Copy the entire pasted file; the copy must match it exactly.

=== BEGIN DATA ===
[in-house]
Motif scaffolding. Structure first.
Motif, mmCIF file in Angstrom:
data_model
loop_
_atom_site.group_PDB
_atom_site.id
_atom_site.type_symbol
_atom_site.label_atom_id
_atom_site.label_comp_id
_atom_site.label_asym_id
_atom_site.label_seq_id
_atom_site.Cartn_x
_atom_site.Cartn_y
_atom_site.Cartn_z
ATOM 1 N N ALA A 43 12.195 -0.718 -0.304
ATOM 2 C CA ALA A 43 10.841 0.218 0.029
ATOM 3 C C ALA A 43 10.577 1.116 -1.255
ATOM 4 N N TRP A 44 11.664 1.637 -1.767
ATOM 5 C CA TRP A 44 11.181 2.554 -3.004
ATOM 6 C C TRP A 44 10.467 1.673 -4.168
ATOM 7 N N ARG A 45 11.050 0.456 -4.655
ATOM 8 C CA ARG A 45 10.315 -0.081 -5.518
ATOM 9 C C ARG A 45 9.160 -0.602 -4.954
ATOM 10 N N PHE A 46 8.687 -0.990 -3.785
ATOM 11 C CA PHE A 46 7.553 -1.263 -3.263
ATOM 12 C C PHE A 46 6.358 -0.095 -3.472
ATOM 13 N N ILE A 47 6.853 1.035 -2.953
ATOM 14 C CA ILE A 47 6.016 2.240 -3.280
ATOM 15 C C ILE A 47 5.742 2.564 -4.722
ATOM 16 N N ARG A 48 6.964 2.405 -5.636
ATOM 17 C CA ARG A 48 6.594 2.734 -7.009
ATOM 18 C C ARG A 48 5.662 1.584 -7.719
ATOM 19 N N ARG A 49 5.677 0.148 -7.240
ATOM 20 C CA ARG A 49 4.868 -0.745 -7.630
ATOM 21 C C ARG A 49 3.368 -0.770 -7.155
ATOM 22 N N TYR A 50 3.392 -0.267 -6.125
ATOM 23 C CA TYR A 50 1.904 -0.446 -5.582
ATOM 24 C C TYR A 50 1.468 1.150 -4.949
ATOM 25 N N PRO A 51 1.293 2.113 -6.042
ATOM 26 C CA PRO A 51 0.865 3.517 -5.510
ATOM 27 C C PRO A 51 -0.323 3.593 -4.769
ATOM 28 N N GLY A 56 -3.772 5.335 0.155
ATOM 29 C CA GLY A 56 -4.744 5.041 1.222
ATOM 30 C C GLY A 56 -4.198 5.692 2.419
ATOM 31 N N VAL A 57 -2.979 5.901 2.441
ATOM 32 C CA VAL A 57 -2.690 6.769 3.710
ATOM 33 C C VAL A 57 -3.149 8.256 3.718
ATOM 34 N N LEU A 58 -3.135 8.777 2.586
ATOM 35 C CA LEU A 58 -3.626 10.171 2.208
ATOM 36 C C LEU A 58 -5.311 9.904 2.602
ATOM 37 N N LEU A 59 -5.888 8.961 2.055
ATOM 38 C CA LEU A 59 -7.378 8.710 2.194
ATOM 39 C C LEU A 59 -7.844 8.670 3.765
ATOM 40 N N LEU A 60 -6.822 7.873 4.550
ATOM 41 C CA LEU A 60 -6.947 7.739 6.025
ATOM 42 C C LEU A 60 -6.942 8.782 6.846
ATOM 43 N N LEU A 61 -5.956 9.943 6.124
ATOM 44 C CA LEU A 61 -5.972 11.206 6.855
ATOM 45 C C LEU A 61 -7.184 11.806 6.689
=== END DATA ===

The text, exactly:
[in-house]
Motif scaffolding. Structure first.
Motif, mmCIF file in Angstrom:
data_model
loop_
_atom_site.group_PDB
_atom_site.id
_atom_site.type_symbol
_atom_site.label_atom_id
_atom_site.label_comp_id
_atom_site.label_asym_id
_atom_site.label_seq_id
_atom_site.Cartn_x
_atom_site.Cartn_y
_atom_site.Cartn_z
ATOM 1 N N ALA A 43 12.195 -0.718 -0.304
ATOM 2 C CA ALA A 43 10.841 0.218 0.029
ATOM 3 C C ALA A 43 10.577 1.116 -1.255
ATOM 4 N N TRP A 44 11.664 1.637 -1.767
ATOM 5 C CA TRP A 44 11.181 2.554 -3.004
ATOM 6 C C TRP A 44 10.467 1.673 -4.168
ATOM 7 N N ARG A 45 11.050 0.456 -4.655
ATOM 8 C CA ARG A 45 10.315 -0.081 -5.518
ATOM 9 C C ARG A 45 9.160 -0.602 -4.954
ATOM 10 N N PHE A 46 8.687 -0.990 -3.785
ATOM 11 C CA PHE A 46 7.553 -1.263 -3.263
ATOM 12 C C PHE A 46 6.358 -0.095 -3.472
ATOM 13 N N ILE A 47 6.853 1.035 -2.953
ATOM 14 C CA ILE A 47 6.016 2.240 -3.280
ATOM 15 C C ILE A 47 5.742 2.564 -4.722
ATOM 16 N N ARG A 48 6.964 2.405 -5.636
ATOM 17 C CA ARG A 48 6.594 2.734 -7.009
ATOM 18 C C ARG A 48 5.662 1.584 -7.719
ATOM 19 N N ARG A 49 5.677 0.148 -7.240
ATOM 20 C CA ARG A 49 4.868 -0.745 -7.630
ATOM 21 C C ARG A 49 3.368 -0.770 -7.155
ATOM 22 N N TYR A 50 3.392 -0.267 -6.125
ATOM 23 C CA TYR A 50 1.904 -0.446 -5.582
ATOM 24 C C TYR A 50 1.468 1.150 -4.949
ATOM 25 N N PRO A 51 1.293 2.113 -6.042
ATOM 26 C CA PRO A 51 0.865 3.517 -5.510
ATOM 27 C C PRO A 51 -0.323 3.593 -4.769
ATOM 28 N N GLY A 56 -3.772 5.335 0.155
ATOM 29 C CA GLY A 56 -4.744 5.041 1.222
ATOM 30 C C GLY A 56 -4.198 5.692 2.419
ATOM 31 N N VAL A 57 -2.979 5.901 2.441
ATOM 32 C CA VAL A 57 -2.690 6.769 3.710
ATOM 33 C C VAL A 57 -3.149 8.256 3.718
ATOM 34 N N LEU A 58 -3.135 8.777 2.586
ATOM 35 C CA LEU A 58 -3.626 10.171 2.208
ATOM 36 C C LEU A 58 -5.311 9.904 2.602
ATOM 37 N N LEU A 59 -5.888 8.961 2.055
ATOM 38 C CA LEU A 59 -7.378 8.710 2.194
ATOM 39 C C LEU A 59 -7.844 8.670 3.765
ATOM 40 N N LEU A 60 -6.822 7.873 4.550
ATOM 41 C CA LEU A 60 -6.947 7.739 6.025
ATOM 42 C C LEU A 60 -6.942 8.782 6.846
ATOM 43 N N LEU A 61 -5.956 9.943 6.124
ATOM 44 C CA LEU A 61 -5.972 11.206 6.855
ATOM 45 C C LEU A 61 -7.184 11.806 6.689